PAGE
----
This is also the reason Japanese women are not clamoring to break the glass ceilings: She may not work to earn money outside her home, but the money her husband earns is practically hers because she is the one who controls the purse string.

One more thing. Guess why the Japanese women hold the world record of the longest life expectancy? I will give you a hint. Not by being subjugated to men. 


Sex Strike, a Universal Practice Since Pre-Human Days?

Pray the Devil Back to Hell is a documentary film about Women's peace movement that put an end to a civil war (greedy warlords and their men killing, raping, steeling, destroying everything in sight) that devastated Liberia for 14 years and no end in site at the time when the Women of Liberia started the movement in 2003. I don't know why I was not aware of it at the time, but in terms of successful women's effort to stop a large scale violence and conflicts by thugs, warlords, armies or any other type of militant groups, it was the first, I believe. I saw the film a several years ago (may be 2009) on Bill Moyers Journal, when it was broadcasted along with interviews of the film maker and the leader of the movement Leymah Gbowee.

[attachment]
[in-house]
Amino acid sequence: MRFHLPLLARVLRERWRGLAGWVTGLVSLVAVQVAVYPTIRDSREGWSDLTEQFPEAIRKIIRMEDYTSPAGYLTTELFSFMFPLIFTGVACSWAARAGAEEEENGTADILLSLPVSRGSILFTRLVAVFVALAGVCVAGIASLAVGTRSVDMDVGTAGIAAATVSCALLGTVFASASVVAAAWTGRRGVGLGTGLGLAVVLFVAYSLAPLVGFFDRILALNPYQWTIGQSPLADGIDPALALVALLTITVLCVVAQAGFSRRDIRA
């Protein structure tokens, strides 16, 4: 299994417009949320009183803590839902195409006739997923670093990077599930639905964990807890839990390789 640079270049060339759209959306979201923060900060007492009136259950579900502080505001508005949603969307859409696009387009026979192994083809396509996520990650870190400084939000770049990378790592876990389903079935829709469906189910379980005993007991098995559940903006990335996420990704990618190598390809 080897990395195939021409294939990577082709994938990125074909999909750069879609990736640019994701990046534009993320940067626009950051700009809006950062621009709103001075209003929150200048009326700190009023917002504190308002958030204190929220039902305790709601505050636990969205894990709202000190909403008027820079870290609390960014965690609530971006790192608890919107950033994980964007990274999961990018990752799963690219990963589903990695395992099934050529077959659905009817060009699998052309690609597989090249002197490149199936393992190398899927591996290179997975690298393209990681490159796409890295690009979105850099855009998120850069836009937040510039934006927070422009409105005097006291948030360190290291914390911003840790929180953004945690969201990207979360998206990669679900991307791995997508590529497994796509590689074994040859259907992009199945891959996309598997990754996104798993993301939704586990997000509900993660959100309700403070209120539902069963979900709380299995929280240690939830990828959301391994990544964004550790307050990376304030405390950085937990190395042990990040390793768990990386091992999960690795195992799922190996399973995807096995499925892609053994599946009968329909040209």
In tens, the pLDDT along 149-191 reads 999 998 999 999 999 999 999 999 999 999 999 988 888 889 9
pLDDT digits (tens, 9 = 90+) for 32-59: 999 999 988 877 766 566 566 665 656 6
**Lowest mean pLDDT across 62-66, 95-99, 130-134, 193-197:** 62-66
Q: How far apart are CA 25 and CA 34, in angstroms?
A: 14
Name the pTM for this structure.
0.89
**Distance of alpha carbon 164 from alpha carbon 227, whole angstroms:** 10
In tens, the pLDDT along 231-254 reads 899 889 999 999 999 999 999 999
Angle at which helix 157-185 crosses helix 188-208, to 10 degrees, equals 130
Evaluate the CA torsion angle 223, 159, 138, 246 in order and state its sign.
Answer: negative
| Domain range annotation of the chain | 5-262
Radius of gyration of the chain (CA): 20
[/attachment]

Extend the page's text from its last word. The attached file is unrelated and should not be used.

Sex strike was mentioned in passing as a strategy they incorporated. I could not help but laugh hearing it, and I wondered how it worked (Leymah Gbowee says that it is the first thing a reporter would ask her.)